Although landing a head coaching job with a major college or professional team right out of school may not be realistic, public interest and participation in sports assures a steady supply of employment opportunities for trained sports coaches in the decade ahead. People with an interest in learning to coach athletes have education options at the bachelor's and master's degree levels. Both programs may be available partially or wholly online.
In some instances, coaches may need to be state-certified, which requires passage of an examination that tests skills and knowledge. Career outcomes may include assistant and head coaches, as well as personal sports instructors.
Bachelor's degrees are typically completed in four years and require a GED or high school diploma for enrollment. Students transferring into a bachelor's program as an upper-division student through an articulation agreement need to have earned an associate's degree. A sports coaching master's degree may be earned in two years. Applicants need to have earned a bachelor's degree and sustained a minimum grade point average to enroll in a master's degree program. Programs may favor applicants with degrees in sports science or physical education.
Bachelor's Degree in Sports Coaching
Schools may refer to bachelor's degree programs in sports coaching as a Bachelor of Science in Sports Leadership or a Bachelor of Sports Science in Coaching. Program content integrates anatomy and physiology, fitness training, sports psychology, motivational theory and leadership theory. Students also learn the rules of particular sports and competitive strategies used in them.
Sports coaching bachelor's degree programs are often structured as a set of sports science core courses and coaching electives. Some programs may offer units for specific team and individual sports. Possible courses include:
- Sports psychology
- Conditioning and fitness training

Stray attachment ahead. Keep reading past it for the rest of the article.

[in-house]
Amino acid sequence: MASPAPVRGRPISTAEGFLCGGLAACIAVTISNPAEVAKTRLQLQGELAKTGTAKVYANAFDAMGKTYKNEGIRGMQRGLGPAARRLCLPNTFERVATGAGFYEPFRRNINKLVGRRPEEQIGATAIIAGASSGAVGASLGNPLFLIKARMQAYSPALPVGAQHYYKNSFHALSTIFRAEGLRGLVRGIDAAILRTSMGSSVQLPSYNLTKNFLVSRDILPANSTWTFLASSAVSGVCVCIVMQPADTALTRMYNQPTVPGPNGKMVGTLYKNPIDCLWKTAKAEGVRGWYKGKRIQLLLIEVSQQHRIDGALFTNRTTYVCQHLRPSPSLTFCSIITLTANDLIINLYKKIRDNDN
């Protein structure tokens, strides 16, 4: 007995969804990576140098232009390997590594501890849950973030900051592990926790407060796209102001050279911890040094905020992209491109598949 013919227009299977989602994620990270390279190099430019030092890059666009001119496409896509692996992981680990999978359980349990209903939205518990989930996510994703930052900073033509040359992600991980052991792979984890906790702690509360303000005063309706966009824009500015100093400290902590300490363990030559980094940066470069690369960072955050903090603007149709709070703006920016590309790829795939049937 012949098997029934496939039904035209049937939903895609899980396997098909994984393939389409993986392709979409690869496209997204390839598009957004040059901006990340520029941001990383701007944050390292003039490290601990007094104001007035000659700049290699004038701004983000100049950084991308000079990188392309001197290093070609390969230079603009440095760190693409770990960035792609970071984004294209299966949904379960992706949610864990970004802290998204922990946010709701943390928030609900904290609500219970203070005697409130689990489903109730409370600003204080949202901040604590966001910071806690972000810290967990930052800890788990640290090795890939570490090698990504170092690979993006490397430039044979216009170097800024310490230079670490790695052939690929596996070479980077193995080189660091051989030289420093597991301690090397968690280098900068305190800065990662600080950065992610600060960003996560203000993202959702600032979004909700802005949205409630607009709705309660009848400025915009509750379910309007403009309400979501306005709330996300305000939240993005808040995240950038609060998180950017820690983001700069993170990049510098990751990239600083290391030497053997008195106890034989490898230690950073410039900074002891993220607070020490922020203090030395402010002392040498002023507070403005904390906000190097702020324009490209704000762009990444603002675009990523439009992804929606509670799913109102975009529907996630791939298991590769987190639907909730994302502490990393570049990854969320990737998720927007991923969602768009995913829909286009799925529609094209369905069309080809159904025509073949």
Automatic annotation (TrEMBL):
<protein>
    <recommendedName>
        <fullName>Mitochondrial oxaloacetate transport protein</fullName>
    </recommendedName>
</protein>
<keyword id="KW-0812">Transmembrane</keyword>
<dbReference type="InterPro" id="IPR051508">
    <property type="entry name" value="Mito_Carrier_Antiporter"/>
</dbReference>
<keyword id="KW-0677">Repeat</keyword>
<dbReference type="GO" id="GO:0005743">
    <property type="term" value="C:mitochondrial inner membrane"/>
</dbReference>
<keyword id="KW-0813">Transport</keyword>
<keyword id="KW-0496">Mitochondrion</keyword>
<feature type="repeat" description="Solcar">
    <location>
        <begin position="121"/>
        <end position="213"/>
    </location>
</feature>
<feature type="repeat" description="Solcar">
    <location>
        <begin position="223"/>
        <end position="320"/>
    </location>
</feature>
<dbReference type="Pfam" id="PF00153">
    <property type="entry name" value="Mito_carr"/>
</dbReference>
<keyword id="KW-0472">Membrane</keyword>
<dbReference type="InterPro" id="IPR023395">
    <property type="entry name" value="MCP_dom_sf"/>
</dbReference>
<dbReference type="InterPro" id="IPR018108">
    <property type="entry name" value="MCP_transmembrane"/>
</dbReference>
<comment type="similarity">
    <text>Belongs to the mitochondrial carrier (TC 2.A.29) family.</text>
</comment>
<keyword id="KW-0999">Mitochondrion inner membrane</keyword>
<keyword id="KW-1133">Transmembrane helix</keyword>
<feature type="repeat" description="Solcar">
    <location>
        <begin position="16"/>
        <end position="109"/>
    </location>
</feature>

- Coaching technology
- Coaching theory and methods
- Officiating sports
Master's Degree in Sports Coaching
Sports coaching master's degree programs enhance existing professional expertise in leading a team or individual athletes through a competitive event and administering an athletic program. Course work addresses issues, including game day tactics, coaching philosophy development and external economic, legal and political factors shaping the contemporary sports industry. Students are encouraged to build a network of colleagues with whom they can solve common problems and communicate research findings of common interest to their sport.
Some sports coaching programs at the master's degree level have a standard list of required courses, while others have a core of 4-5 required courses and a set of electives. The following are possible sports coaching courses:
- Research methods
- Coaching and leadership principles
- Sports administration
- Sports medicine and injury prevention
- Sports law
Popular Career Options
The majority of careers opportunities for people who earn a sports coaching bachelor's degree are available coaching sports such as football, baseball, basketball, soccer or track and field in educational institutions. Job possibilities include:
- High school head coach
- College head coach
- Assistant coach
- Personal sports instructor
Continuing Education Information
Most public high schools and some colleges require coaches to be certified by the state agency that oversees high school sports, the NCAA or that sport's oversight organization. Coaching certification often entails passing an exam, obtaining CPR certification and participating in a camp or clinic.
Employment Outlook and Salary Info
Graduating from a sports coaching master's program qualifies degree holders for coaching positions at all levels of amateur sports. Although an advanced degree might improve employment prospects at large college athletic programs and professional team organizations, those employers give greater consideration to candidates with accumulated field experience.
According to the U.S. Bureau of Labor Statistics, coaches and scouts were expected to see a 6% increase in job opportunities from 2014-2024, which is as fast as the average for all jobs. The projected growth is attributed to increased athletic opportunities at schools and expansion in women's sports in colleges. In 2015, according to the BLS, the average annual salary for a coach was $40,050; those working at the college level earned $55,210 on average.
While no certificate programs are available in sports coaching, bachelor's and master's degree programs in sports coaching develop students' coaching, officiating and administration skills. Graduates may need state certification to work at different levels of coaching.